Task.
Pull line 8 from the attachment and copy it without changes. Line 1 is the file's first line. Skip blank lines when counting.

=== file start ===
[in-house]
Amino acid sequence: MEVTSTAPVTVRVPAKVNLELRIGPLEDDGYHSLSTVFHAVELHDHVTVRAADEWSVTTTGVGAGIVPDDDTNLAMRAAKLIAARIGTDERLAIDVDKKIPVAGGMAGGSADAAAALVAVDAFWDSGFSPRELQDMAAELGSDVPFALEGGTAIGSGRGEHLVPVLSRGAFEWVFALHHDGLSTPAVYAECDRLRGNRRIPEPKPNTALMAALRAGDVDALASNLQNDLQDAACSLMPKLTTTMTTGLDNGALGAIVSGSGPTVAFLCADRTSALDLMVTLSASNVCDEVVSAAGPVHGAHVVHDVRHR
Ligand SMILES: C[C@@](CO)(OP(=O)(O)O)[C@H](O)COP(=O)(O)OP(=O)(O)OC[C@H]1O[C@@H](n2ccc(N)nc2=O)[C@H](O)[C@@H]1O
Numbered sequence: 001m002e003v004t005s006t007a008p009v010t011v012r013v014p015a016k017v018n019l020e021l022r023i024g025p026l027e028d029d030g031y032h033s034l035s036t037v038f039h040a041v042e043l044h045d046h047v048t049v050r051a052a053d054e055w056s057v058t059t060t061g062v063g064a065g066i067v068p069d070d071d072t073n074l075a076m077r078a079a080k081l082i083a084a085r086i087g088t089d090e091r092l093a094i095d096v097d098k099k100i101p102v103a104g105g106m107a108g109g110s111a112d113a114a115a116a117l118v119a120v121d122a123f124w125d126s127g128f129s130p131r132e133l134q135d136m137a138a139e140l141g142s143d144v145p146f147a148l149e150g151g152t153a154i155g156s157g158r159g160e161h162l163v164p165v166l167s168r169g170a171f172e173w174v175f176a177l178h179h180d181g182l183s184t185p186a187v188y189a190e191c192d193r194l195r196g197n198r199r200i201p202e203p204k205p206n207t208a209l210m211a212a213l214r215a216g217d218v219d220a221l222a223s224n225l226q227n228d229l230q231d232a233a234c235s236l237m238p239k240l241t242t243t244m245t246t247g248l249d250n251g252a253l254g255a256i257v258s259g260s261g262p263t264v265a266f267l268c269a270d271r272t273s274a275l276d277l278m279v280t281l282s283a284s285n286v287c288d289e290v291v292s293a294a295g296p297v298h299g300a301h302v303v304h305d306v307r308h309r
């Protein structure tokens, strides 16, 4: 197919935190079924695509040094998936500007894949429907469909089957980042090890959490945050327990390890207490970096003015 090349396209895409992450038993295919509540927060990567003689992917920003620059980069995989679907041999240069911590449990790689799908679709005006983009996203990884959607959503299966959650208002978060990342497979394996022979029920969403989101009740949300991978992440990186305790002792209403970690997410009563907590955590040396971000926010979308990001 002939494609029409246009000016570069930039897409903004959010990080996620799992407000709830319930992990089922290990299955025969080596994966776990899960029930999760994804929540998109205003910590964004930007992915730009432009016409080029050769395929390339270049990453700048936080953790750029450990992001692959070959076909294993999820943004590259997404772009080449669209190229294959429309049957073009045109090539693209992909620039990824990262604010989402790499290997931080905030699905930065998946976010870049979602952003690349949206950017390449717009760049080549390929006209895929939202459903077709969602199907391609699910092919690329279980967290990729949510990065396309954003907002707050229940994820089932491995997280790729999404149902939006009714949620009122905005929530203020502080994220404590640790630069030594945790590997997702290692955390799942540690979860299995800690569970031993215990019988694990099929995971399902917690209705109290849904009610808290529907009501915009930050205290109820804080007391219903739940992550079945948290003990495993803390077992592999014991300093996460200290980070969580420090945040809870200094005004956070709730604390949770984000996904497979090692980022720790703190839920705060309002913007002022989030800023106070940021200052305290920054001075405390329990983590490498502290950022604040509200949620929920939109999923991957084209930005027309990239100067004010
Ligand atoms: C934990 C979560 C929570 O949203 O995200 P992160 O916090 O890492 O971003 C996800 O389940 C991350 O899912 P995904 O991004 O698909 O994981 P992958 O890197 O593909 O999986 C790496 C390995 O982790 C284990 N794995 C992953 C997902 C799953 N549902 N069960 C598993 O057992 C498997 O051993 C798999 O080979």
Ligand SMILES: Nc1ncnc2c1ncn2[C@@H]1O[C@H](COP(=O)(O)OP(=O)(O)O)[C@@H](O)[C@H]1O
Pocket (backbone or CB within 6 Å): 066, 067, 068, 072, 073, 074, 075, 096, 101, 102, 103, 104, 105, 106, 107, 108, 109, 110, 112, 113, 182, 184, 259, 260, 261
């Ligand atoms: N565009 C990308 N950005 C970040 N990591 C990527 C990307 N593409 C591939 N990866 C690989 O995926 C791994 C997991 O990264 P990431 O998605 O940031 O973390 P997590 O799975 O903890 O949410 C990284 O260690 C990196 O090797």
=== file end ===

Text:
Pocket (backbone or CB within 6 Å): 066, 067, 068, 072, 073, 074, 075, 096, 101, 102, 103, 104, 105, 106, 107, 108, 109, 110, 112, 113, 182, 184, 259, 260, 261